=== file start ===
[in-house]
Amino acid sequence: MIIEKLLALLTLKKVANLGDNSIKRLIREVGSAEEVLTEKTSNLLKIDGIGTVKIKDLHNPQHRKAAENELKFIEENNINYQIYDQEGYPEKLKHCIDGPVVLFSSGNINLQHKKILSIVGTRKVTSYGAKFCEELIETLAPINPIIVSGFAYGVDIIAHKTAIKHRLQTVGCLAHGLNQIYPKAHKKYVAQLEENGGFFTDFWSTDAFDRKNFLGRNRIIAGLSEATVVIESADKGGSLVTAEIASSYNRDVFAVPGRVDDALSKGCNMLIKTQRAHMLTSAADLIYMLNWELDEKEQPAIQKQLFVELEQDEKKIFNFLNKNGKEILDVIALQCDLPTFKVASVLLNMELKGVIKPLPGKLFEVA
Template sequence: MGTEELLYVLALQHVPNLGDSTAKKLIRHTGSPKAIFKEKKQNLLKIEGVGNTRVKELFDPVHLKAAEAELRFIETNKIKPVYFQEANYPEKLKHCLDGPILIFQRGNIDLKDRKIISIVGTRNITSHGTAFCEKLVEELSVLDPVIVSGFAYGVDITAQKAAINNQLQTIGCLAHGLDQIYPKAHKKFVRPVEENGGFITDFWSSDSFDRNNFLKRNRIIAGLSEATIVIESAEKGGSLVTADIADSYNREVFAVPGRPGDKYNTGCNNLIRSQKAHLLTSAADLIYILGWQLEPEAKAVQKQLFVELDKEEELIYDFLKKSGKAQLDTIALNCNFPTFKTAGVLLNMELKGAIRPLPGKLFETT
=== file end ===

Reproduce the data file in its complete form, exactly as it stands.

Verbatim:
[in-house]
Amino acid sequence: MIIEKLLALLTLKKVANLGDNSIKRLIREVGSAEEVLTEKTSNLLKIDGIGTVKIKDLHNPQHRKAAENELKFIEENNINYQIYDQEGYPEKLKHCIDGPVVLFSSGNINLQHKKILSIVGTRKVTSYGAKFCEELIETLAPINPIIVSGFAYGVDIIAHKTAIKHRLQTVGCLAHGLNQIYPKAHKKYVAQLEENGGFFTDFWSTDAFDRKNFLGRNRIIAGLSEATVVIESADKGGSLVTAEIASSYNRDVFAVPGRVDDALSKGCNMLIKTQRAHMLTSAADLIYMLNWELDEKEQPAIQKQLFVELEQDEKKIFNFLNKNGKEILDVIALQCDLPTFKVASVLLNMELKGVIKPLPGKLFEVA
Template sequence: MGTEELLYVLALQHVPNLGDSTAKKLIRHTGSPKAIFKEKKQNLLKIEGVGNTRVKELFDPVHLKAAEAELRFIETNKIKPVYFQEANYPEKLKHCLDGPILIFQRGNIDLKDRKIISIVGTRNITSHGTAFCEKLVEELSVLDPVIVSGFAYGVDITAQKAAINNQLQTIGCLAHGLDQIYPKAHKKFVRPVEENGGFITDFWSSDSFDRNNFLKRNRIIAGLSEATIVIESAEKGGSLVTADIADSYNREVFAVPGRPGDKYNTGCNNLIRSQKAHLLTSAADLIYILGWQLEPEAKAVQKQLFVELDKEEELIYDFLKKSGKAQLDTIALNCNFPTFKTAGVLLNMELKGAIRPLPGKLFETT